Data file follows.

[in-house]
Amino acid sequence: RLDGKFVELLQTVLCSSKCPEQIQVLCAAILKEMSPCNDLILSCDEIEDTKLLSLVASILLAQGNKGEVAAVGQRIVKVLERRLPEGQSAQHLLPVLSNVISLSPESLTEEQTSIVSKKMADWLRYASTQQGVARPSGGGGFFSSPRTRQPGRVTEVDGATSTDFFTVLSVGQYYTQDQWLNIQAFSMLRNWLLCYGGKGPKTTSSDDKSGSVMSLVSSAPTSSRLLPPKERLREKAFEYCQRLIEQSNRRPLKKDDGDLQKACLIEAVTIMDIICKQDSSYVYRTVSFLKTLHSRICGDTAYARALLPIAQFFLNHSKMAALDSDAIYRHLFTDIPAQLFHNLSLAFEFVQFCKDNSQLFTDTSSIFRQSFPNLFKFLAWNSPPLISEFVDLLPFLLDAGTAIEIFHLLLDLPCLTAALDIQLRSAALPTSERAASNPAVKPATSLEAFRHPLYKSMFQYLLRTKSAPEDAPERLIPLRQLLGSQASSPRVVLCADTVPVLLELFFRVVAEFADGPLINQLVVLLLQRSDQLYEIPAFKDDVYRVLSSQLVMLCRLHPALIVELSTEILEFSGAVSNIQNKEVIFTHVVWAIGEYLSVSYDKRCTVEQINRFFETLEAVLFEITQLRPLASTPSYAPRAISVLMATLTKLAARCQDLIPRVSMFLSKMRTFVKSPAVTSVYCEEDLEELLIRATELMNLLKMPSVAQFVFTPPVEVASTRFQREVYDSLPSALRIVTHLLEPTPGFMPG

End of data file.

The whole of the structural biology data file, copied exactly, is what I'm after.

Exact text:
[in-house]
Amino acid sequence: RLDGKFVELLQTVLCSSKCPEQIQVLCAAILKEMSPCNDLILSCDEIEDTKLLSLVASILLAQGNKGEVAAVGQRIVKVLERRLPEGQSAQHLLPVLSNVISLSPESLTEEQTSIVSKKMADWLRYASTQQGVARPSGGGGFFSSPRTRQPGRVTEVDGATSTDFFTVLSVGQYYTQDQWLNIQAFSMLRNWLLCYGGKGPKTTSSDDKSGSVMSLVSSAPTSSRLLPPKERLREKAFEYCQRLIEQSNRRPLKKDDGDLQKACLIEAVTIMDIICKQDSSYVYRTVSFLKTLHSRICGDTAYARALLPIAQFFLNHSKMAALDSDAIYRHLFTDIPAQLFHNLSLAFEFVQFCKDNSQLFTDTSSIFRQSFPNLFKFLAWNSPPLISEFVDLLPFLLDAGTAIEIFHLLLDLPCLTAALDIQLRSAALPTSERAASNPAVKPATSLEAFRHPLYKSMFQYLLRTKSAPEDAPERLIPLRQLLGSQASSPRVVLCADTVPVLLELFFRVVAEFADGPLINQLVVLLLQRSDQLYEIPAFKDDVYRVLSSQLVMLCRLHPALIVELSTEILEFSGAVSNIQNKEVIFTHVVWAIGEYLSVSYDKRCTVEQINRFFETLEAVLFEITQLRPLASTPSYAPRAISVLMATLTKLAARCQDLIPRVSMFLSKMRTFVKSPAVTSVYCEEDLEELLIRATELMNLLKMPSVAQFVFTPPVEVASTRFQREVYDSLPSALRIVTHLLEPTPGFMPG